The rise and fall of the WAC: Lessons we learned from the 16-team conference experiment

When it happened, Karl Benson was laying on a couch in a dark room recovering from emergency eye surgery.

That seemed like an absolutely fitting end to the largest Division I major-college conference ever. The vision for the 16-team Western Athletic Conference was blurred from the beginning.

Twenty years ago Saturday, the big, bloated, bad-ass WAC split up -- 16 teams extending four time zones from Honolulu to Houston. The league basically collapsed on itself because of travel, logistics, infighting and money. Isn't it always about money?

"All the sudden," said Benson, the WAC commissioner back then, "the pie wasn't big enough."

It was, figuratively, a Three Stooges-level pie fight to get to that point.

The league expanded in 1996 basically without athletic director input. Caught up in Southeastern Conference expansion, the Southwest Conference's demise and the formation of the Big 12, WAC presidents saw an opportunity to become college sports' Next Big Conference.

It quickly became The Biggest Conference, adding six schools in 1996 to a nice-tidy 10-team league that had existed competently and mostly west of the Rockies since 1962.

This turned out to be a brilliant flash of light across the sky that burned out much too quickly. In three years as a 16-team league, the whacky WAC got a team to the Final Four (Utah, 1998) and saw a football team finish No. 5 in the country (BYU, 1996). At the same time, the WAC burned more jet fuel in a year than some airlines.

Benson recalled an epic line from Ferd Lewis, the Honolulu Star-Advertiser's veteran columnist: "The University of Hawaii can travel to Tokyo and eat rice in less time than it takes to go to Houston to play Rice."

And then, just like that, the 16-team WAC was gone as of May 26, 1998. Eight teams split off to form the Mountain West, a conference still in existence today. A reconstituted WAC continued, eventually producing the Boise State phenomenon of the early 2000s. But since 2013, the WAC has been a basketball-only conference.

What we're left with is a cautionary tale – and plenty of questions -- in this age of the super conference. Did the WAC experience teach us college athletics reached Peak Realignment -- the point at which any conference diminishes its strength and wealth by expanding beyond the current max membership of 14 (in football with the ACC, Big Ten, SEC)? Is that old WAC a working blueprint when 16-team leagues are considered today?

"Going back to that time frame, I don't think [16 teams] would work in 1996," Mountain West commissioner Craig Thompson said. "I don't think it would work in 2018."

Twenty years ago, Benson, now 66, had no answers for himself, his conference or the future. He was laying in that darkened room, unshaven, sporting an eye patch while nursing a detached retina when then-Colorado State president Al Yates called with the bad news: Half of his league was leaving to form the Mountain West.

"Shocked but not surprised," Benson said of that fateful day. "I was on my back instructed to stay in bed face up. I knew I had to get to the office and face the reality. I was worried about my staff. I showed up to the office there TV cameras posted out front. People forget this was big news. This was national news."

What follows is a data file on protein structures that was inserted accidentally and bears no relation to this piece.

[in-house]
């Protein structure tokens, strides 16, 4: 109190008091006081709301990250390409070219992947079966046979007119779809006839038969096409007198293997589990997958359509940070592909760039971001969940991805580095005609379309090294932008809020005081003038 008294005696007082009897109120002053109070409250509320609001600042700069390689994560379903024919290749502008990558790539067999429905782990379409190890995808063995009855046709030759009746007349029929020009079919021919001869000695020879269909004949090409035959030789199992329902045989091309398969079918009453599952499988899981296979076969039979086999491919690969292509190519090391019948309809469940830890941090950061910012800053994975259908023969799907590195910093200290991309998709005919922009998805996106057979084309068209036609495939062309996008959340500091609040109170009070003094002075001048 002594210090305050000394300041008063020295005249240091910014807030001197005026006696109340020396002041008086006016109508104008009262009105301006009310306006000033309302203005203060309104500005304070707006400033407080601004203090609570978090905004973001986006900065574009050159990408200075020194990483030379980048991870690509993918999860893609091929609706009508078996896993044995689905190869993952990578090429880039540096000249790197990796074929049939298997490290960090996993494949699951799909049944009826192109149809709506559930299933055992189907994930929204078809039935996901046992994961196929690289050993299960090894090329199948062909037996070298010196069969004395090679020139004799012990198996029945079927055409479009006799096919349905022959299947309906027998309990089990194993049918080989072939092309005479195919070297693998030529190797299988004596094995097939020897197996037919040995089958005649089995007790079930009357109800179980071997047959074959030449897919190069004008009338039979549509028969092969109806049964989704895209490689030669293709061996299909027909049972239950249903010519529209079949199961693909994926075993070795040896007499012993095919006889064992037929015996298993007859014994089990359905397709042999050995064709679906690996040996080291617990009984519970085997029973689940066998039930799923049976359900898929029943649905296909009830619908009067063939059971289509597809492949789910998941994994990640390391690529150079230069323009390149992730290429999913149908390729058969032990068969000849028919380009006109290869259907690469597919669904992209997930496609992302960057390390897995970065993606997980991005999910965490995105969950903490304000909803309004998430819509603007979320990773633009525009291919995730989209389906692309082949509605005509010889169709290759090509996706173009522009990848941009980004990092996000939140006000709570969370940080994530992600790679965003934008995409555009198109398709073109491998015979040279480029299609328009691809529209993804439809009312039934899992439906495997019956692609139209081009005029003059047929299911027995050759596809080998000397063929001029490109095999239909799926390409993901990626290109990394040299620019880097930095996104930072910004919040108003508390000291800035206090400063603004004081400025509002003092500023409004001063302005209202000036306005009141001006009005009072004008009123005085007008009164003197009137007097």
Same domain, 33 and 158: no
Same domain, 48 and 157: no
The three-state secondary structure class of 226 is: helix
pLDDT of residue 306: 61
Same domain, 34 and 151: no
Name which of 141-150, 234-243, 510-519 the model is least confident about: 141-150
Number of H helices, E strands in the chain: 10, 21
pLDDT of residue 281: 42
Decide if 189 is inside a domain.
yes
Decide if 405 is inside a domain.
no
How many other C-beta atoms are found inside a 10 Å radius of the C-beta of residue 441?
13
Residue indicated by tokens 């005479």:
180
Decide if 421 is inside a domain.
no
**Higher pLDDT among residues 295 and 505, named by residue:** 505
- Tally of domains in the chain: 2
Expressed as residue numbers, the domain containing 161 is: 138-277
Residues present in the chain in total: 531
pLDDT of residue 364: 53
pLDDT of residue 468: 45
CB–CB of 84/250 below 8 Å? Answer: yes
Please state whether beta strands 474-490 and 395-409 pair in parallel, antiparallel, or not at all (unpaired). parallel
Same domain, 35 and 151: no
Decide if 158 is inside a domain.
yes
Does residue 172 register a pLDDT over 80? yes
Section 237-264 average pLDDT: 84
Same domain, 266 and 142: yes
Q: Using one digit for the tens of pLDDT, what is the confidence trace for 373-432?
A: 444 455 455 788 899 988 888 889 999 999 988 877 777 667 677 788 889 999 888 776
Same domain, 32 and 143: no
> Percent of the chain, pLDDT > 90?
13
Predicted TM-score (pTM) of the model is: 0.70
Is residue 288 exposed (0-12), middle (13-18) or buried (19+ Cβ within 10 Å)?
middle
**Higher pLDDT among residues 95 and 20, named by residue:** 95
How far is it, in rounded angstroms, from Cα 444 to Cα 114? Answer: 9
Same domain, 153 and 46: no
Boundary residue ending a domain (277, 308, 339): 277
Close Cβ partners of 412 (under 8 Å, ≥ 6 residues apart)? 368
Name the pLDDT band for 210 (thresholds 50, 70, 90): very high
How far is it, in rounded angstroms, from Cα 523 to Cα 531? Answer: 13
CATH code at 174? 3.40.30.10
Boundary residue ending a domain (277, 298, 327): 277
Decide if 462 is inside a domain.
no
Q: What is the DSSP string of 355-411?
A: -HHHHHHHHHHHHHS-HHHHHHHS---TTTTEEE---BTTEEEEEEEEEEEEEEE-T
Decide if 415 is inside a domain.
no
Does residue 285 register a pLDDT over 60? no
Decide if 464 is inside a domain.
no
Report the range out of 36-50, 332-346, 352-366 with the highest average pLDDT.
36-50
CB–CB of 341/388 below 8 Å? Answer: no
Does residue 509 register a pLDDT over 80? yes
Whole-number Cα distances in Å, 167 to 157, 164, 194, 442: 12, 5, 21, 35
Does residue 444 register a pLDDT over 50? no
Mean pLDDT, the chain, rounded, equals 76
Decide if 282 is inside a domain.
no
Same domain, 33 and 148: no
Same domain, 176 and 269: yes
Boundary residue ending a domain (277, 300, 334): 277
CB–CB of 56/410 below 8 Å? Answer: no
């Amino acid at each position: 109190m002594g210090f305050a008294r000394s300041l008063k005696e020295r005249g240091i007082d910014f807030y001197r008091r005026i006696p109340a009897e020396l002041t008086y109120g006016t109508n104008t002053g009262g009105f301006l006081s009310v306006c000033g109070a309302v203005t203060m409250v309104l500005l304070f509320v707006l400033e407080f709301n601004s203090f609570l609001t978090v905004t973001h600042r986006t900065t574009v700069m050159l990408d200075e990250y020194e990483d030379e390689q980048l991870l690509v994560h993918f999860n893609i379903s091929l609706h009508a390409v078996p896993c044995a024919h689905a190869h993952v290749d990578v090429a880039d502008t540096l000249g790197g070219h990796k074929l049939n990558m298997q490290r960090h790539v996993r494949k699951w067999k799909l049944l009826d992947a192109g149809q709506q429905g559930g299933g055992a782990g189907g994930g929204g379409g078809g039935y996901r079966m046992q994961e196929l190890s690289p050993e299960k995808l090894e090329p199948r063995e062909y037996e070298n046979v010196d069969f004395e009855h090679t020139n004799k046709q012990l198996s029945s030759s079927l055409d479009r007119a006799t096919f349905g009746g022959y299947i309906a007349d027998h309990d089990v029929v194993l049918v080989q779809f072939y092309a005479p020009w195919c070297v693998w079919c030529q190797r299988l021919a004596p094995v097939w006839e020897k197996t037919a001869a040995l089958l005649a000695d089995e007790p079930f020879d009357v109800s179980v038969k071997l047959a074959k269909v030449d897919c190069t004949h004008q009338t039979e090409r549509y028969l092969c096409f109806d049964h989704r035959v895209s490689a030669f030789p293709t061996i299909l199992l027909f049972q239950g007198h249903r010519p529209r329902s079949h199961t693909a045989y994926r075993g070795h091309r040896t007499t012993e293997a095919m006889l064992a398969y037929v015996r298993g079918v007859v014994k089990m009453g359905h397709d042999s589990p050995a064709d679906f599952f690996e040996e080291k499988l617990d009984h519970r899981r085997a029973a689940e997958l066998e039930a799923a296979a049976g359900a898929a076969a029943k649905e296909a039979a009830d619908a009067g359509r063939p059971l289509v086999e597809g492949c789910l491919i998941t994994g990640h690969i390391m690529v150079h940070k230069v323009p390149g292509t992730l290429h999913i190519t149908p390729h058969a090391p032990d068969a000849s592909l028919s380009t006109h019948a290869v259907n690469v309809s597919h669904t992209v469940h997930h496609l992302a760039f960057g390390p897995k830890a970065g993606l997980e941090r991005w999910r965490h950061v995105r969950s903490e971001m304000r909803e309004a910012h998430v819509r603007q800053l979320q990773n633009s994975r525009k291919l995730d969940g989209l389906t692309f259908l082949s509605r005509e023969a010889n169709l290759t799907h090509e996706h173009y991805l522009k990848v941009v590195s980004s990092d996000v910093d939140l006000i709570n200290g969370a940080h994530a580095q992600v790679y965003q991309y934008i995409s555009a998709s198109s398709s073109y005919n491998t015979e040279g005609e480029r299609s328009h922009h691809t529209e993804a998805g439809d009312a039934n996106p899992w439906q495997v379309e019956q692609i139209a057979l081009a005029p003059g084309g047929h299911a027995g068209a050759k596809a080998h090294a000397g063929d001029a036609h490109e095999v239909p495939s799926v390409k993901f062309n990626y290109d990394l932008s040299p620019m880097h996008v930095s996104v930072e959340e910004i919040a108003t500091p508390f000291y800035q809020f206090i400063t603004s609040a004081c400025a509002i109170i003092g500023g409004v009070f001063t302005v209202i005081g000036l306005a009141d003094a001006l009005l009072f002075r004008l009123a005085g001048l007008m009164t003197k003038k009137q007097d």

Here's a look back … and forward.

The rise and fall of the WAC

 "Who in the F-word came up with this?"

Benson remembers those words from incoming Utah president Bernie Machen, who had just arrived at Utah after serving as Michigan's provost.

He walked into the equivalent of an advanced calculus class regarding college athletics. The 16-team WAC was split into two divisions. It included "quad" scheduling where groups of four teams would play part of a rotating schedule for a two-year period. Then the quads would be shuffled.

It was harder to write down than it was to explain.

"I was fresh out of the Big Ten, and I couldn't understand it," Machen said. "If I can't understand it -- as simple as I am -- there must be a problem."

Machen had to catch up quickly. Caught up in realignment mania, the 10 existing WAC presidents initially wanted to expand by two teams, moving to 12 to stage a football championship game. ESPN was willing to pay more for the television rights.

The WAC had started modestly as a six-team league in 1962 -- Arizona, Arizona State, BYU, Wyoming New Mexico and Utah. In 1994, BYU, Wyoming, New Mexico and Utah were still around along with Colorado State, Air Force, Fresno State, San Diego State, UTEP and Hawaii.

Back then, Thompson remembers interviewing for the commissioner's job eventually awarded to Benson. Thompson was asked which two schools he would add to get to 12. (The NCAA back then mandated at least 12 teams were needed to stage a championship game.)

"Then, they said, 'Let's go to 14,'" Thompson recalled. "When we went to the extreme, 16, I couldn't come up with 16. Literally at that point, I said, 'Hey, I'm not your guy. That doesn't make sense.'"

Undeterred, the WAC went ahead and invited Rice, SMU, TCU, Tulsa, San Jose State and UNLV, beginning in 1996.

Mountain Division, 1996-98Pacific Division, 1996-98

BYU

Air Force

New Mexico

Colorado State

Rice

Fresno State

SMU

Hawaii

TCU

San Diego State

Tulsa